Article Text

A novel prepless X-ray imaging capsule for colon cancer screening
  1. Nathan Gluck1,2,
  2. Beni Shpak2,
  3. Rita Brun3,
  4. Thomas Rösch4,
  5. Nadir Arber1,5,
  6. Menachem Moshkowitz1,5
  1. 1Department of Gastroenterology, Tel Aviv Medical Centre, affiliated to Sackler Faculty of Medicine, Tel Aviv University, Tel Aviv, Israel
  2. 2Department of Gastroenterology, Laniado Medical Centre, Netanya, Israel
  3. 3Department of Gastroenterology, Rambam Health Care Campus, Haifa, Israel
  4. 4Department of Interdisciplinary Endoscopy, University Hospital Hamburg-Eppendorf, Hamburg, Germany
  5. 5Integrated Cancer Prevention Center, Tel Aviv Medical Centre, affiliated to Sackler Faculty of Medicine, Tel Aviv University, Tel Aviv, Israel
  1. Correspondence to Professor Nadir Arber, The Integrated Cancer Prevention Center, Tel-Aviv Sourasky Medical Center, 6 Weizmann St., Tel Aviv 6423906, Israel; nadira{at}tlvmc.gov.il

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The demand for bowel cleansing hampers participation in screening colonoscopy, while poor preparation impairs adenoma detection. A novel prepless X-ray imaging capsule for colon screening is presented; the capsule emits low dose X-rays, which are scattered by ingested contrast agent mixed with colon contents, and sensed by detectors in the capsule to generate high-resolution three-dimensional (3D) imagery of the colon without bowel cleansing. Following preliminary studies with implanted polyps in synthetic colon phantoms, bovine cadaver and live swine, and human experiments with dummy capsules (n=75), 49 patients swallowed the capsule with natural excretion in 48 after 73.2±45.4 h. Pedunculated and sessile polyps were clearly seen and validated by subsequent colonoscopy. Total radiation exposure was ultra low (0.03±0.007 mSv).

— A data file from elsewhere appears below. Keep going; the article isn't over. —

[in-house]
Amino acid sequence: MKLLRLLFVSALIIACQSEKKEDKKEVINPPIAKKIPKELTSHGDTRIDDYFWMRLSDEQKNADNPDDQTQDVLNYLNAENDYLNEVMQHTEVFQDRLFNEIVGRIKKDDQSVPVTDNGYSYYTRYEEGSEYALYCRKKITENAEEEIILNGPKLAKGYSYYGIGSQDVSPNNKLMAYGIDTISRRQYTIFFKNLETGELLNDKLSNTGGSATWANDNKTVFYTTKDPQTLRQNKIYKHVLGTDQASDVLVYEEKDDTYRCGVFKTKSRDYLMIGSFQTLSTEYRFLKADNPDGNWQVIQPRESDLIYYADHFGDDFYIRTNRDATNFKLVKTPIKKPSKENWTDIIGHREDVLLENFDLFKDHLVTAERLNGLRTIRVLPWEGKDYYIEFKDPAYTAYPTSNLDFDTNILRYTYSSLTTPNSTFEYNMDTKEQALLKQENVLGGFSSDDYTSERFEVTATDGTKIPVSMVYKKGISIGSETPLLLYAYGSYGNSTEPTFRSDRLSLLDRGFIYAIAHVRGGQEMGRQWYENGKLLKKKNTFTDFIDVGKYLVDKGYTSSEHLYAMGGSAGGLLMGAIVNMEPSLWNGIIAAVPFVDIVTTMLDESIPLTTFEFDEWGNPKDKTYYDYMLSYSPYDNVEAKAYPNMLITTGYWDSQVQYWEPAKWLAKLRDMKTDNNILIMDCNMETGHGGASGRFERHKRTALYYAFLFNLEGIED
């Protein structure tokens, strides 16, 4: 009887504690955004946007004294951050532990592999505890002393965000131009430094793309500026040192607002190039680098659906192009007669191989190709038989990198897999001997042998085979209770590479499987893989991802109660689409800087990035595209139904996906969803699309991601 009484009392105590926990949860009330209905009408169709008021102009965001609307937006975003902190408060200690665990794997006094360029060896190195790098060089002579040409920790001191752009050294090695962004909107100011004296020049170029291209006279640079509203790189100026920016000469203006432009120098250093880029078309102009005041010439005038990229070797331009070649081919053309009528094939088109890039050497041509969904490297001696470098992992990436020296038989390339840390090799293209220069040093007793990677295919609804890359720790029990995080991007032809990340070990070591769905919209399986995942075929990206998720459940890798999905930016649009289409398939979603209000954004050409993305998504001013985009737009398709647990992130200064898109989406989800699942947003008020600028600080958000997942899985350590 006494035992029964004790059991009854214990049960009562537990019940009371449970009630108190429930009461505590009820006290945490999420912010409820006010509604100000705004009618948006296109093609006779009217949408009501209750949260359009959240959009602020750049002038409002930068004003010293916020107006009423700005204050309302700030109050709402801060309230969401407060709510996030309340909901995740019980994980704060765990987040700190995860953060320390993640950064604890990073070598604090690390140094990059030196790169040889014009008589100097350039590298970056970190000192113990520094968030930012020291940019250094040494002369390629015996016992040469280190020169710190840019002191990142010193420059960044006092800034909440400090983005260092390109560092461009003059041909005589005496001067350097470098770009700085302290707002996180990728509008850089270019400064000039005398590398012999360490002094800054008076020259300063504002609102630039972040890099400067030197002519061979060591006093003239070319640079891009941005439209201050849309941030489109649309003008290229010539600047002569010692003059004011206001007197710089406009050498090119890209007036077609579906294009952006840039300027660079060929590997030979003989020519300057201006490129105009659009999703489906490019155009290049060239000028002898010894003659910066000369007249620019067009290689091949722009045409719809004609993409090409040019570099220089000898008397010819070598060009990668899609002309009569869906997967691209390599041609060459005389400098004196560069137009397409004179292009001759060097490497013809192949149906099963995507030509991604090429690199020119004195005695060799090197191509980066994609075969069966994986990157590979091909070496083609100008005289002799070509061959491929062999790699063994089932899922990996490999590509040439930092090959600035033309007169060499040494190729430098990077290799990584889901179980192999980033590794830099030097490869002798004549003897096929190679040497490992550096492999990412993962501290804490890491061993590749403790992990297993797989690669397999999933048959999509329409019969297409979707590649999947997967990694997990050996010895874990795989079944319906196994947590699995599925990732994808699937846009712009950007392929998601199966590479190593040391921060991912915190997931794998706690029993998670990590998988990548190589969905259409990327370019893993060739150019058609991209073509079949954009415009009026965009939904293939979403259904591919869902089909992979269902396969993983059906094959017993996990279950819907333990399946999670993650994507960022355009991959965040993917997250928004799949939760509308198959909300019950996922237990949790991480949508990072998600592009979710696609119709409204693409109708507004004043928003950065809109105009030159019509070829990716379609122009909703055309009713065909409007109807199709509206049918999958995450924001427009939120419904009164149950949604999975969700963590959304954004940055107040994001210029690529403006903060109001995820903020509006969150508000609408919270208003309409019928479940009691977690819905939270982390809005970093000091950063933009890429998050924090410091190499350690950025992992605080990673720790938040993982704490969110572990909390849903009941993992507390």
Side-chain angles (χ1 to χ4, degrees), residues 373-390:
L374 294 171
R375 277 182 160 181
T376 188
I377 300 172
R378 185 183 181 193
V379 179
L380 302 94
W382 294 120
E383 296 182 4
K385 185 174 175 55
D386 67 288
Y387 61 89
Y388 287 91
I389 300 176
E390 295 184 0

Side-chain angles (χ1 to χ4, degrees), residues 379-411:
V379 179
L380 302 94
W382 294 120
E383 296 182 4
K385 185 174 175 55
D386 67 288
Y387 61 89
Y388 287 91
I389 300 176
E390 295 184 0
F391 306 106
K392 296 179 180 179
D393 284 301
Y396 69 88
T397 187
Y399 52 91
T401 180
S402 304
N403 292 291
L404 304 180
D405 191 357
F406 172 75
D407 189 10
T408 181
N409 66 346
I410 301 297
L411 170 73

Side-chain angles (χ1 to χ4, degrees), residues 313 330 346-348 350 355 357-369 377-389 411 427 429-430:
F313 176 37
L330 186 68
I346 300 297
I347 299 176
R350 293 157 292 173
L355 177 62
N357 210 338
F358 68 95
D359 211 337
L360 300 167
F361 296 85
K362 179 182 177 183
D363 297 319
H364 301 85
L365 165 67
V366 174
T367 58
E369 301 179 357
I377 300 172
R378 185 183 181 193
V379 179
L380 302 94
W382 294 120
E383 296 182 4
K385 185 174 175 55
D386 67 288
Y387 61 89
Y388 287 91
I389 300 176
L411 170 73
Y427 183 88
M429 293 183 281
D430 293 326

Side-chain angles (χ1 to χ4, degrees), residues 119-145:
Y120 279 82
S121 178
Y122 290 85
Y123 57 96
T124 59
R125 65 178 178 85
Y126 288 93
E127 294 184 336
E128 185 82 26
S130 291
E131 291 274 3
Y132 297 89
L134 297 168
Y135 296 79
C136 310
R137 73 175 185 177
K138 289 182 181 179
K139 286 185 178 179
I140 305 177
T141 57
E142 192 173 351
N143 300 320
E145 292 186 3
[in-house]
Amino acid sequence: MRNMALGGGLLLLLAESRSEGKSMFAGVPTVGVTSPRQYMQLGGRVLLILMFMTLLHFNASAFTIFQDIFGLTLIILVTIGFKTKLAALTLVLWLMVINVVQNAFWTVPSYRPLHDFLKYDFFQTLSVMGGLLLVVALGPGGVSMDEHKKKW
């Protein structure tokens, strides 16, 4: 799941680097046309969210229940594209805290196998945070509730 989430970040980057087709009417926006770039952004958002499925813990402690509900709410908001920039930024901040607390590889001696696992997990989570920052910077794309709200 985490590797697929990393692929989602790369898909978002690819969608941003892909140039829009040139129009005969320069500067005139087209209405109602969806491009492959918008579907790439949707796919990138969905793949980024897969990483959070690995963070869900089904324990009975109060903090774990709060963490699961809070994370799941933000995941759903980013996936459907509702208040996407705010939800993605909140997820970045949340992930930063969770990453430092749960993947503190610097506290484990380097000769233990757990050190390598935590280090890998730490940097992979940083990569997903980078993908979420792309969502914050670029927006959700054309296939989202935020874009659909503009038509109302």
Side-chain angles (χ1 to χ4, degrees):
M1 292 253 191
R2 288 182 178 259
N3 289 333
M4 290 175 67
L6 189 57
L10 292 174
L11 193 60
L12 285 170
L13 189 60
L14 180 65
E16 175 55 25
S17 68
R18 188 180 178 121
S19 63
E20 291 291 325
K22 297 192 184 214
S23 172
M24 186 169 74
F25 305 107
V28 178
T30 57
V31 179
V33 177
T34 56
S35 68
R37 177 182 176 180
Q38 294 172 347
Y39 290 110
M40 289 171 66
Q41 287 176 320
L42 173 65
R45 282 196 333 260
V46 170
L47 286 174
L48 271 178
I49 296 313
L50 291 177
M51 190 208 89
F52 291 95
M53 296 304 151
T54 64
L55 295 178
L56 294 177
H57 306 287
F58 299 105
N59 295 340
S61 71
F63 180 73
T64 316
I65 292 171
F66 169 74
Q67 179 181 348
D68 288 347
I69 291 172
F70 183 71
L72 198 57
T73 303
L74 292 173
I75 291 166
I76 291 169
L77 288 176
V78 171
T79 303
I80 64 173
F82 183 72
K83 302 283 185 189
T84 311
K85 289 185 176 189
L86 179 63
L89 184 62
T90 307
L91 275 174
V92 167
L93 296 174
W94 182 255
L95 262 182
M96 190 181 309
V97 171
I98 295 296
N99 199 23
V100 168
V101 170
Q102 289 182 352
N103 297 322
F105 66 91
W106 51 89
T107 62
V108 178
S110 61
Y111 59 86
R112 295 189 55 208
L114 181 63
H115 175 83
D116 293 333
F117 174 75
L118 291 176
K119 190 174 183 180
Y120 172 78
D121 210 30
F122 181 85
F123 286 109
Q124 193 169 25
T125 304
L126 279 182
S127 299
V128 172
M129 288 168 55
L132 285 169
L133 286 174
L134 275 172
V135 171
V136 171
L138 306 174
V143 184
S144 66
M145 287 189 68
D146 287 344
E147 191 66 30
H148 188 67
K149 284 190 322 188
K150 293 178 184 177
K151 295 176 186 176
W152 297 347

In more detail

Bowel preparation remains a major obstacle limiting complete uptake of colonoscopy for colon cancer screening.1 ,2 Therefore any test which does not require preparation would probably increase compliance.3 However, the accuracy to depict cancers as well as adenomas should not suffer substantially. A new X-ray capsule is shown in a series of proof-of-concept studies to be safe and effective in 3D reconstruction of the colonic wall and lumen including identifying adenomatous polyps.

The capsule system includes a short-lived radio isotope within a collimator housing that emits three X-ray beams in all directions, by way of a rotating miniature electric motor as the capsule scans the length of the GI tract. A small volume of ingested radiopaque contrast agent increases the contrast of the colon's walls and differentiates them from stool content. Compton backscattered photons, attenuated by the contrast agent mixed with the colon contents, and X-ray fluorescence photons emitted from the contrast agent, are …

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